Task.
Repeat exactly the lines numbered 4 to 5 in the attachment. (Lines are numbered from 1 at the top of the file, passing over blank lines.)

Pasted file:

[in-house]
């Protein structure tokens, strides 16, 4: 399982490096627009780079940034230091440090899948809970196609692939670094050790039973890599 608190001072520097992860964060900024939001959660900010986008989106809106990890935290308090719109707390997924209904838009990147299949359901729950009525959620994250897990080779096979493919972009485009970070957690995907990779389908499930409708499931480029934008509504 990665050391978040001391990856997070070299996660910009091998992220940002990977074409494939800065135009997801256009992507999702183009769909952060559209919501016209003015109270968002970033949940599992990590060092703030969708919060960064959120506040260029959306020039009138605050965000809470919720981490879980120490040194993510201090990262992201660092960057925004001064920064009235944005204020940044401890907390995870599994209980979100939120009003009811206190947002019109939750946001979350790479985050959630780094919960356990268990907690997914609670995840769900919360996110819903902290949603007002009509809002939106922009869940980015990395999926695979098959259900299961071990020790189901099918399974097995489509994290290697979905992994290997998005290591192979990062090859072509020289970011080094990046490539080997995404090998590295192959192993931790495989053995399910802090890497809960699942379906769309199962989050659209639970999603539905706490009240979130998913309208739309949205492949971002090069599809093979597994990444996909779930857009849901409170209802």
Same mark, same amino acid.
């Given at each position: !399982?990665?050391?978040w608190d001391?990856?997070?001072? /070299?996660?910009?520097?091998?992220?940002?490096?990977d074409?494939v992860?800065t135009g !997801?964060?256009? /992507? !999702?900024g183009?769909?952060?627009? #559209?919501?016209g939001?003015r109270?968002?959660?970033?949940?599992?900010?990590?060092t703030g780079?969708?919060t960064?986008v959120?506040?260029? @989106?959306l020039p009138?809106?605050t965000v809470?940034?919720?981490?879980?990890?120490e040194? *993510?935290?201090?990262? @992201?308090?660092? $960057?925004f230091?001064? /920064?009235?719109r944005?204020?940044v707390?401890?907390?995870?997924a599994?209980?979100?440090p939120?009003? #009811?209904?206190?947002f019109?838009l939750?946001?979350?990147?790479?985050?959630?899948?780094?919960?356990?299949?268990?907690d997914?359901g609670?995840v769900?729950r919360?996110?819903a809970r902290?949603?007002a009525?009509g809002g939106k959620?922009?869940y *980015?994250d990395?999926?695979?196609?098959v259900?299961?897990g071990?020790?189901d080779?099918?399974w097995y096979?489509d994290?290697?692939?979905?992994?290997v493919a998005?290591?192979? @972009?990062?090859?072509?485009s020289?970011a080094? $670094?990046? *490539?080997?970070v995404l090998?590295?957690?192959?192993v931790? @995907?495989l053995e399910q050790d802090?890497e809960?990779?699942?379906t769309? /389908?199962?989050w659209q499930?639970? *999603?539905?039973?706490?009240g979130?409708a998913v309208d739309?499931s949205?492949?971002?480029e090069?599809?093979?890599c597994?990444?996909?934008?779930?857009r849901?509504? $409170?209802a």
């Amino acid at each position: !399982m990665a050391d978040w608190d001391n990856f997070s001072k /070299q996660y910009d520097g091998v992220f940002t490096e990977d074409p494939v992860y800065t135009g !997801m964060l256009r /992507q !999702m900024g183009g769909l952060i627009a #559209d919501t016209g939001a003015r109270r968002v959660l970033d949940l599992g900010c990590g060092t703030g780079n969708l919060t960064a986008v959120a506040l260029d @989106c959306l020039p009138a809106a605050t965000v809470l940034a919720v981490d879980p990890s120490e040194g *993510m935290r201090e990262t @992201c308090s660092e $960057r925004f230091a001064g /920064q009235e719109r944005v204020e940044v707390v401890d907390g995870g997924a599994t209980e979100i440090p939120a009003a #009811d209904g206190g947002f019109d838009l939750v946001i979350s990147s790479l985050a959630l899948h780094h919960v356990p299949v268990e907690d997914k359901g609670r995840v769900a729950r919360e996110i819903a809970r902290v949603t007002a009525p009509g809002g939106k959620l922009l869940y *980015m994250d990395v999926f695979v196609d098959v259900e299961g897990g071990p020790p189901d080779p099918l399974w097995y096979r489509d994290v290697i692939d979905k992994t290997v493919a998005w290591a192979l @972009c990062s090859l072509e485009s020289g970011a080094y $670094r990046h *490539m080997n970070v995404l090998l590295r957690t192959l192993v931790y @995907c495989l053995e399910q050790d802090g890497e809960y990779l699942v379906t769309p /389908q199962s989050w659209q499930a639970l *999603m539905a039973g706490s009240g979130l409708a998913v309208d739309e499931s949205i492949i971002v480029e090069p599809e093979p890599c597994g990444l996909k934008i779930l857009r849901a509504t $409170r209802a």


């Given at each position: !399982?990665?050391?978040w608190d001391?990856?997070?001072? /070299?996660?910009?520097?091998?992220?940002?490096?990977d074409?494939v992860?800065t135009g !997801?964060?256009? /992507? !999702?900024g183009?769909?952060?627009? #559209?919501?016209g939001?003015r109270?968002?959660?970033?949940?599992?900010?990590?060092t703030g780079?969708?919060t960064?986008v959120?506040?260029? @989106?959306l020039p009138?809106?605050t965000v809470?940034?919720?981490?879980?990890?120490e040194? *993510?935290?201090?990262? @992201?308090?660092? $960057?925004f230091?001064? /920064?009235?719109r944005?204020?940044v707390?401890?907390?995870?997924a599994?209980?979100?440090p939120?009003? #009811?209904?206190?947002f019109?838009l939750?946001?979350?990147?790479?985050?959630?899948?780094?919960?356990?299949?268990?907690d997914?359901g609670?995840v769900?729950r919360?996110?819903a809970r902290?949603?007002a009525?009509g809002g939106k959620?922009?869940y *980015?994250d990395?999926?695979?196609?098959v259900?299961?897990g071990?020790?189901d080779?099918?399974w097995y096979?489509d994290?290697?692939?979905?992994?290997v493919a998005?290591?192979? @972009?990062?090859?072509?485009s020289?970011a080094? $670094?990046? *490539?080997?970070v995404l090998?590295?957690?192959?192993v931790? @995907?495989l053995e399910q050790d802090?890497e809960?990779?699942?379906t769309? /389908?199962?989050w659209q499930?639970? *999603?539905?039973?706490?009240g979130?409708a998913v309208d739309?499931s949205?492949?971002?480029e090069?599809?093979?890599c597994?990444?996909?934008?779930?857009r849901?509504? $409170?209802a």
């Amino acid at each position: !399982m990665a050391d978040w608190d001391n990856f997070s001072k /070299q996660y910009d520097g091998v992220f940002t490096e990977d074409p494939v992860y800065t135009g !997801m964060l256009r /992507q !999702m900024g183009g769909l952060i627009a #559209d919501t016209g939001a003015r109270r968002v959660l970033d949940l599992g900010c990590g060092t703030g780079n969708l919060t960064a986008v959120a506040l260029d @989106c959306l020039p009138a809106a605050t965000v809470l940034a919720v981490d879980p990890s120490e040194g *993510m935290r201090e990262t @992201c308090s660092e $960057r925004f230091a001064g /920064q009235e719109r944005v204020e940044v707390v401890d907390g995870g997924a599994t209980e979100i440090p939120a009003a #009811d209904g206190g947002f019109d838009l939750v946001i979350s990147s790479l985050a959630l899948h780094h919960v356990p299949v268990e907690d997914k359901g609670r995840v769900a729950r919360e996110i819903a809970r902290v949603t007002a009525p009509g809002g939106k959620l922009l869940y *980015m994250d990395v999926f695979v196609d098959v259900e299961g897990g071990p020790p189901d080779p099918l399974w097995y096979r489509d994290v290697i692939d979905k992994t290997v493919a998005w290591a192979l @972009c990062s090859l072509e485009s020289g970011a080094y $670094r990046h *490539m080997n970070v995404l090998l590295r957690t192959l192993v931790y @995907c495989l053995e399910q050790d802090g890497e809960y990779l699942v379906t769309p /389908q199962s989050w659209q499930a639970l *999603m539905a039973g706490s009240g979130l409708a998913v309208d739309e499931s949205i492949i971002v480029e090069p599809e093979p890599c597994g990444l996909k934008i779930l857009r849901a509504t $409170r209802a």